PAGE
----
Turfside Dining Room
Widely regarded as one of North America's most picturesque race tracks
Fort Erie is filled with racing traditions. Great Canadian champions have raced at the "Fort", providing race enthusiasts with thrills and life long memories. From its beginnings in 1897, Fort Erie Race Track has always been a special place. Its beauty has been well documented with aesthetics second to none
On November 21, 1896, the Fort Erie Jockey Club set the wheels in motion for thoroughbred racing at the border oval, with President John Hood breaking ground.
This is one of the actual invitations sent out in 1896, asking selected guests to attend the Ground Breaking Ceremonies for the construction of the Fort Erie Race Track.
Wednesday, June 16, 1897. A beautiful day for racing, as Fort Erie Race Track runs its inaugural races. The dream had become a reality. The first race at the "Fort" was won by Ellesmere, guided home by a jockey named Sullivan. The placing judge ruled that Wordsworth grabbed second, with Miss Lillian in third. The winner of that initial race received $300 while second and third were awarded $75 and $25 respectively.
As racing took hold at Fort Erie in 1897, the border oval sported summer and autumn meets. For 34 days, thoroughbreds danced down the stretch under the summer sun, then a 16-day fall meet began September 6th. In 1918, the Millar Law was passed, declaring taxes due every 14 days. The strict law thus limited the length of race meets to a two-week time frame.
E.P. Taylor played a major role in the development of the Fort Erie Race Track. He developed the Canadian Triple Crown of Racing in 1959, with the second leg of the series, the Prince of Wales Stakes, being the Fort's featured race each season. Canadian thoroughbred racing is now recognized internationally, thanks in large part to the efforts of this one man.
Widely regarded as the undisputed "King of Canadian racing", Northern Dancer's brief but storied career was launched with his maiden victory at Fort Erie Race Track. Race three on Friday, August 2, 1963, saw the beginning of Northern Dancer's impressive rookie season. Beating seven 2-year-olds for a purse of $2,100, Northern Dancer tipped his handlers to get ready for a fun ride. As a 2-year-old, the Canadian-bred colt won seven of his nine starts including the Summer Stakes at the Fort, earning over $90,000.
Dance Smartly's career began with two straight victories but the string was snapped with a second in the 1990 Ontario Debutante Stakes at Fort Erie. In 1991, Dance Smartly went undefeated. Her campaign began at Woodbine in May with a victory in the Starshoot Stakes followed by a score in the Selene Stakes. With Pat Day in the irons, Dance Smartly whipped fillies in the Canadian Oaks, then romped to an eight length win in the Queen's Plate defeating the best three-year-olds in the country. Flawless performances in the Prince of Wales and the Breeders' Stakes earned her the Canadian Triple Crown trophy. She was the first filly in history to sweep all three races. After dancing away form the competitors in the Molson Million, the "Queen" was off to Churchill Downs and completed a perfect season by winning the Breeders' Cup Distaff. Her accomplishments earned her Sovereign Awards as top Canadian 3-year-old filly and Horse of the Year, plus an Eclipse Award as North America's best 3-year-old filly.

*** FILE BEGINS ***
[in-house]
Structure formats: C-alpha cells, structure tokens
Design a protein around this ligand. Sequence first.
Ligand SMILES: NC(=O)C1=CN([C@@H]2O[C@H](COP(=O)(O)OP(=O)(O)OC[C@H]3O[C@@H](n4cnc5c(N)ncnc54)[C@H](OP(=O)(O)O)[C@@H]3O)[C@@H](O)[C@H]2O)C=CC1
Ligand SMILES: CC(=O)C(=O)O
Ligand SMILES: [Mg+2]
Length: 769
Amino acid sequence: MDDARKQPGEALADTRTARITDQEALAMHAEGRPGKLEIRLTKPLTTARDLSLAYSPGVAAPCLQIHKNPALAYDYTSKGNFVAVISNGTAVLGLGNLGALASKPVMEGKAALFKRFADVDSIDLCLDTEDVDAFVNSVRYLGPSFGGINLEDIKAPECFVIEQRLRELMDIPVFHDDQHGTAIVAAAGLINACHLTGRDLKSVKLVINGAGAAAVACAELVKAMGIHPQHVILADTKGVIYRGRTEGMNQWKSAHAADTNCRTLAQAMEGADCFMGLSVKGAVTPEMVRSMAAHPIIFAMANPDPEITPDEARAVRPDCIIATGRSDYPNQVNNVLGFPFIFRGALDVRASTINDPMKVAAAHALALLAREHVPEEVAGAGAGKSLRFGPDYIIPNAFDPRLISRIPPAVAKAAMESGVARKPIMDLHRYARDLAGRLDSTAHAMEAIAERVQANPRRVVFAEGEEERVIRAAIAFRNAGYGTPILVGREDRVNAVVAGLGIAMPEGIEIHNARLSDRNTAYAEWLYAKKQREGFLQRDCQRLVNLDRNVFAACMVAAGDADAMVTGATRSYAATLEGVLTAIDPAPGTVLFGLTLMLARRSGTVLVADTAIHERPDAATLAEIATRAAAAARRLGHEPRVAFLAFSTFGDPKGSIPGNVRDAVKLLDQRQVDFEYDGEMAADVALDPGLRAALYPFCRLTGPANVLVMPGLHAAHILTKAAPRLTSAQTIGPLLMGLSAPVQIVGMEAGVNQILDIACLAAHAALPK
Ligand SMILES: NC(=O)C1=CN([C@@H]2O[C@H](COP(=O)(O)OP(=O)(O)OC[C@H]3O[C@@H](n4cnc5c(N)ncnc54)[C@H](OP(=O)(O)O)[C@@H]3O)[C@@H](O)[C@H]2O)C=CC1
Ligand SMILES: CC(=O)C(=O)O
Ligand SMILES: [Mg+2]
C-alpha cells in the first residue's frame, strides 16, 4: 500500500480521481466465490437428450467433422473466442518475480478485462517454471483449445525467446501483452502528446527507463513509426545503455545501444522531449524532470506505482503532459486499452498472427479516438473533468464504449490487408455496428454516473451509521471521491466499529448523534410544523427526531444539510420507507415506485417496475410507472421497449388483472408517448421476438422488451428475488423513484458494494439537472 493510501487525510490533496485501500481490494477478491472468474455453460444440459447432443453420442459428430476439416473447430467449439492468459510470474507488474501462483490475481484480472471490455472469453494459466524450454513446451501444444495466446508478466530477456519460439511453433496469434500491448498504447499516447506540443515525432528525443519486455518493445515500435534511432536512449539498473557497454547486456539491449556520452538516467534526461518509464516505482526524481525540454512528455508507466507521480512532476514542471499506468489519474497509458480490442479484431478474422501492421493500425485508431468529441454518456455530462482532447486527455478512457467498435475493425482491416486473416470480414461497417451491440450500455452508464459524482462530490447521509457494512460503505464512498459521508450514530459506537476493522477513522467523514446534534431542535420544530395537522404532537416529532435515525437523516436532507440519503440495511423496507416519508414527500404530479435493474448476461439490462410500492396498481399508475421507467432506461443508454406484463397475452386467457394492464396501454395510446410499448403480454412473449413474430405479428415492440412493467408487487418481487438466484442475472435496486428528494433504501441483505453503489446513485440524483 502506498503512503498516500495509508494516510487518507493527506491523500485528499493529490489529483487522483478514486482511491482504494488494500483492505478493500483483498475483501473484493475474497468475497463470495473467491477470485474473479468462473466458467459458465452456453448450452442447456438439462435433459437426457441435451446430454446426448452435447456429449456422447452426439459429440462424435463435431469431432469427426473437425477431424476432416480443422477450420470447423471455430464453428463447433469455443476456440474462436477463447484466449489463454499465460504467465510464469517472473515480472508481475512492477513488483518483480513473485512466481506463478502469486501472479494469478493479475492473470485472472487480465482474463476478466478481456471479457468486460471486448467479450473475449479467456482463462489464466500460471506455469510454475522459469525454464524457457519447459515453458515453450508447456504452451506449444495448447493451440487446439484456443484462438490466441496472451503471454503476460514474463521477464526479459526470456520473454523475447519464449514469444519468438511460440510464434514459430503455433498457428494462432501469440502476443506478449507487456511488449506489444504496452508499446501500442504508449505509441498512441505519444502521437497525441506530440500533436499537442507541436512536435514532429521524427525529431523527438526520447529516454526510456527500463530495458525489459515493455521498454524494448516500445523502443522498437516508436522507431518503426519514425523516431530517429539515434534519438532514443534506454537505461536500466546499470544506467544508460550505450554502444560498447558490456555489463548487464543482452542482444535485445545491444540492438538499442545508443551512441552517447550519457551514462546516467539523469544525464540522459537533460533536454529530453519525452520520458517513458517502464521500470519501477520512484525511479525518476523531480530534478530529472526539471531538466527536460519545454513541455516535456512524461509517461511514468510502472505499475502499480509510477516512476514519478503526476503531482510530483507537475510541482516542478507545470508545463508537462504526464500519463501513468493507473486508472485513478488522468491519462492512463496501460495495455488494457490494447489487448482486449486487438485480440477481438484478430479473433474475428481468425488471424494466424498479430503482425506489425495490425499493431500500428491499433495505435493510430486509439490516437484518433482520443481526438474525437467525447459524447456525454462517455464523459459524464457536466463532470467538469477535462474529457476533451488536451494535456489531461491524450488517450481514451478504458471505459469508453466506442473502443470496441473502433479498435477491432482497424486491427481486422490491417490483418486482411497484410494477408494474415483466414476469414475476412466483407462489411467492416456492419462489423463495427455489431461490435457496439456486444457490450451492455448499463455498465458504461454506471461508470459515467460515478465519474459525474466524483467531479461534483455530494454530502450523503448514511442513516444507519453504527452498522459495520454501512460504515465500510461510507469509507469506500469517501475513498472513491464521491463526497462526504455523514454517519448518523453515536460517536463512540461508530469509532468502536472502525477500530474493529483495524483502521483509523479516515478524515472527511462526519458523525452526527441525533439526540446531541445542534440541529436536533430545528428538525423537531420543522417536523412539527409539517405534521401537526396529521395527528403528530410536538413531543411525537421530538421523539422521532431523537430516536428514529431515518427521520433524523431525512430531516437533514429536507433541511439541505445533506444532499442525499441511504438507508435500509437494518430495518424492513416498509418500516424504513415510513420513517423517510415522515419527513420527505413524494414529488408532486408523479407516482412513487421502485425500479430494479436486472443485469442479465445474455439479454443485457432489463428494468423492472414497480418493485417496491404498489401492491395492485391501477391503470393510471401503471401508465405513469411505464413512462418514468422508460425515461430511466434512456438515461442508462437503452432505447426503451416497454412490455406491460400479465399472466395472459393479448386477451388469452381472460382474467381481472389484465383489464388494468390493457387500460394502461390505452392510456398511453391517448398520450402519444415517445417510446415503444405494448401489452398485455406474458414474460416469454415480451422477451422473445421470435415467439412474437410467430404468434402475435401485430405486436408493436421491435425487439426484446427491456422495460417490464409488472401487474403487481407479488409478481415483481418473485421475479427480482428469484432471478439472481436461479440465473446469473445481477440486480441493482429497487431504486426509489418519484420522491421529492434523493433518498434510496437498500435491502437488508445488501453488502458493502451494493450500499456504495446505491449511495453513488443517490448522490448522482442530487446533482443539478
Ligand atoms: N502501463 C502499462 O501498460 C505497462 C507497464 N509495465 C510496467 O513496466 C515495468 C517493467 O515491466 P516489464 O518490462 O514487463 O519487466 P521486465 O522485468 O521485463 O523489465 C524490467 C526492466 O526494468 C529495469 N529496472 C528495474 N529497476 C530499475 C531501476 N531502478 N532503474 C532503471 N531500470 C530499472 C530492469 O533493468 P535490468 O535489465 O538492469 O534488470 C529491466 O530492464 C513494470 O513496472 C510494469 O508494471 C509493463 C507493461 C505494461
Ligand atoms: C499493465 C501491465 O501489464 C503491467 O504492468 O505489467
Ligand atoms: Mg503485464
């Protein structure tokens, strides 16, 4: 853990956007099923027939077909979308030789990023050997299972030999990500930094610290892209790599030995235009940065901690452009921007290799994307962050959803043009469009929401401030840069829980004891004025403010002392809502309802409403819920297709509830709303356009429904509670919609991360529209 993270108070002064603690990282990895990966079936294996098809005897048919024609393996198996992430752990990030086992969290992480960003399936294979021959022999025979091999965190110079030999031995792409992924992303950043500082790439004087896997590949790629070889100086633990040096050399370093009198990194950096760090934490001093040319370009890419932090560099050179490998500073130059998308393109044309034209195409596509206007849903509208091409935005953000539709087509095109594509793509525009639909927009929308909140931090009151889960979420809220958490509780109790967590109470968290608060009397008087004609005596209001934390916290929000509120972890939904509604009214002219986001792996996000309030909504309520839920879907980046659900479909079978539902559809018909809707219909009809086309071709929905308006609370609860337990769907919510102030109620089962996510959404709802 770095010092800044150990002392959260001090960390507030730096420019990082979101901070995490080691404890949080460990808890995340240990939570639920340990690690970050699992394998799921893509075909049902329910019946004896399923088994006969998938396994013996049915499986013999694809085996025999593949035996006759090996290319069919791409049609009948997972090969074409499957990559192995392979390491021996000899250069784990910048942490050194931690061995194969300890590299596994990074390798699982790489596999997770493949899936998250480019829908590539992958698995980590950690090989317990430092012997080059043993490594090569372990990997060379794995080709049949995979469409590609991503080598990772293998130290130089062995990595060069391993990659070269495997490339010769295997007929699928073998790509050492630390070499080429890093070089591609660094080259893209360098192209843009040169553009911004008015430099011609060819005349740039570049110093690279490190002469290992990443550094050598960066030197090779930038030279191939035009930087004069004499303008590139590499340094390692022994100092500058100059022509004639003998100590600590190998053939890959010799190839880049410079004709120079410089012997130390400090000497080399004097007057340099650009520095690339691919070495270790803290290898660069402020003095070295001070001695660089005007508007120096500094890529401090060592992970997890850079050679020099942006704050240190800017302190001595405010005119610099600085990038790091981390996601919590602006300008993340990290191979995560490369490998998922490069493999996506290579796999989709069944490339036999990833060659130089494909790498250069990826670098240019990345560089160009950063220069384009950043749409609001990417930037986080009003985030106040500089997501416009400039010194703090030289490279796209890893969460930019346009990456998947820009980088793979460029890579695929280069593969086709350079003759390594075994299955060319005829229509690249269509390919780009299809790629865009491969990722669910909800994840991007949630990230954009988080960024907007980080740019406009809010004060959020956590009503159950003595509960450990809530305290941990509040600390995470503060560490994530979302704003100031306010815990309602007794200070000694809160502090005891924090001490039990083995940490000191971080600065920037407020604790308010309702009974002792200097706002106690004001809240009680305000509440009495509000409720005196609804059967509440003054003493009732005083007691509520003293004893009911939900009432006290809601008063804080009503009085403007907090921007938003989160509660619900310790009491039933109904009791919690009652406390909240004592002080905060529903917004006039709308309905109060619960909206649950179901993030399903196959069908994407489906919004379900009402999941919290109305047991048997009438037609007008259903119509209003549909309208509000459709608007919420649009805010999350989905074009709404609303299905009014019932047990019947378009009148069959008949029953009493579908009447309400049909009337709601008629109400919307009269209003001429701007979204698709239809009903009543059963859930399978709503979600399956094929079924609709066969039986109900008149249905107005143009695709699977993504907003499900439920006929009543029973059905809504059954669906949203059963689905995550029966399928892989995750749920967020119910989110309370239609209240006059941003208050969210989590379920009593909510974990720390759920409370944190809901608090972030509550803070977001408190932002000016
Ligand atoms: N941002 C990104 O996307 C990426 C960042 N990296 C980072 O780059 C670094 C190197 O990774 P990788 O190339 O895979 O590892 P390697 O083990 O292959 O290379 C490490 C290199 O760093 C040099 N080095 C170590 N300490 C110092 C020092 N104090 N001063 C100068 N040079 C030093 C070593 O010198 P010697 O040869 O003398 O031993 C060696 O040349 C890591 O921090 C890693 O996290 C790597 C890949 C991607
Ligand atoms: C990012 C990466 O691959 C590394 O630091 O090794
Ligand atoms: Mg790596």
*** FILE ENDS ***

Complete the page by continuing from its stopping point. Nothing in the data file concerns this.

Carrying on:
Puss N Boots
Fort Erie Race Track's centrepiece is its beautiful infield, filled with flowers and scenic lakes. In 1961, a horse named Puss n Boots couldn't resist the plush surroundings and decided to take a detour and a refreshing dip while leading a race at the top of the stretch.
Jockey Ronnie Behrens was sent flying as Puss n Boots veered inward and made his way to the infield. It sounds like a tall tale, but 14,106 fans were on hand that afternoon to testify that Puss n Boots did indeed take that fabled plunge into Fort Erie Racing lore.
In honour of his impromptu swim, Fort Erie Race Track holds the Puss n Boots Stakes on the turf every summer. In 1996, the tradition continued with an eccentric twist. Prior to the event, owner Robert Elkins boasted that he'd follow Puss n Boots' lead and would jump into the infield lake if his horse, Dancing for Beans, won the race. Rider Francine Villeneuve must have been inspired by Elkins' dare, as she brought Dancing for Beans from last to first, sending Elkins for a swim.
As the 133rd running of the Queen's Plate neared in the summer of 1992, Kinghaven Farms' Alydeed was made the early favourite at 1-5. The grey son of Shadeed had just missed winning the Preakness Stakes and was a runaway winner of both the Marine Stakes and Plate Trial. Alydeed was the shortest early morning favourite since Northern Dancer came off his victory in the Kentucky Derby. Indeed, Alydeed romped in the Plate, winning off by 11-1/2 lengths. The Triple Crown and the Bank of Montreal's million-dollar bonus appeared to be locked up. It was a simple process; win the Prince of Wales and Breeders' Stakes. Kinghaven would have a third Triple Crown.
When Aydeed arrived at Fort Erie, who would have thought he would be involved in the biggest upset in the history of the Prince of Wales Stakes. Three days of rain had rendered the track deep and wet. On race day, another downpour left the track surface a muddy mess. Benburb, third in the Plate, was one of five who showed up to take on the 1-20 favourite.
Benburb, with jockey Larry Attard aboard, stalked Alydeed's early pace and in a thrilling stretch duel, nailed him at the wire. Benburb destroyed the dream of a Triple Crown in '92 and voided the million-dollar cheque. Those wise enough to wager on Benburb that rainy Sunday afternoon were rewarded with a $51 win mutuel. It wasn't the biggest payoff in Prince of Wales history, but provided the most surprising outcome by far.